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The Ministry of Housing and its partners are hosting workshops throughout the municipalities in Belize, engaging local building authorities and stakeholders in the construction sector. On Wednesday, December 4th an informational session was held in San Pedro Town where the necessary process to obtain required building permits and approval was discussed.

Following the welcome address from Mayor Daniel Guerrero, Olga Tzec, Project Coordinator from the Building Sector Reform Project in the Ministry of Housing, introduced the different presenters. Daniel Oliveira of the CBA spoke about the importance of following procedure when applying for a building permit. He explained that they work closely with the local Building Unit, who are the first point of contact for any contractor. This local entity has the responsibility of making sure that the building project is safe and has received all the necessary permits before any work can start. “We should be the last place when applying for a building permit,” said Oliveira. “By the time you get to our offices, we need to see that you have been approved by DOE and have clearance from health, fire, and PUC departments.”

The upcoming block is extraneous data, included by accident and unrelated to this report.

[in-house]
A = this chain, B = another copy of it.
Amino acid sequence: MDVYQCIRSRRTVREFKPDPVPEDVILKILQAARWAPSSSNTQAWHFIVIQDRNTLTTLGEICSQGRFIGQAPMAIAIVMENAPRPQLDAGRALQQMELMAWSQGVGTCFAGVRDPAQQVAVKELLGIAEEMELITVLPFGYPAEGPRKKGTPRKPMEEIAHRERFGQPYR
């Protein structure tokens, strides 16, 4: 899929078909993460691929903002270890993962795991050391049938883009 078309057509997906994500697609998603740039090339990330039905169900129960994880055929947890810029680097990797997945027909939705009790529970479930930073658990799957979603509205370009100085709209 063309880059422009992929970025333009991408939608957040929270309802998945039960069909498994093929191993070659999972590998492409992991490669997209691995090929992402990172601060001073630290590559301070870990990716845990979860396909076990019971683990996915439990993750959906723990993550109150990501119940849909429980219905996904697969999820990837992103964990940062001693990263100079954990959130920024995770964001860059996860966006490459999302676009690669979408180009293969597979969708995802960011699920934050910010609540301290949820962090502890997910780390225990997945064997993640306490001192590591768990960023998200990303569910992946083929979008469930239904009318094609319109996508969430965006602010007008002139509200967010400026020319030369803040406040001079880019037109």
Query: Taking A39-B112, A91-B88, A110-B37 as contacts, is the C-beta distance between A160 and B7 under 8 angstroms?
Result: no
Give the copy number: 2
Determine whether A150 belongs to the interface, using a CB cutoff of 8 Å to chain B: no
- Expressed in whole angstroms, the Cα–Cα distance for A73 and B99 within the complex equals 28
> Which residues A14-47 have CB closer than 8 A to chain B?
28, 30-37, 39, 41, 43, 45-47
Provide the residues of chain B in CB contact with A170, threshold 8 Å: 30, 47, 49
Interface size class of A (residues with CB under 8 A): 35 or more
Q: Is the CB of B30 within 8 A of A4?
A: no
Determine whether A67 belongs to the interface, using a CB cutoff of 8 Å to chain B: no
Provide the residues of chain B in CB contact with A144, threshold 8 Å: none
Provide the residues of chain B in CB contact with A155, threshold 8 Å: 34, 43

DOE’s Leonides Sosa explained that when applying for a clearance from his department, they need all legal documents stating who owns the property. If it is owned by a company, they need to see such documentation, including the list of directors of such a company. Sosa indicated that if no studies such as an Environmental Impact Assessment (EIA) is required, the fee to get approval from DOE can be up to $1,000. If the development is of large scale (commercial) and depending on its location, an EIA may be required, which can cost up to $5,000. Sosa emphasized DOE’s environmental clearance alone is not enough for the project to start construction. Depending on the project, the contractor may still need to get approval for other activities associated with the building. Permits for dredging and even cutting mangroves requires approval from other entities like the Mining Unit and the Forestry Department.

Click here to read the rest of the article in the San Pedro Sun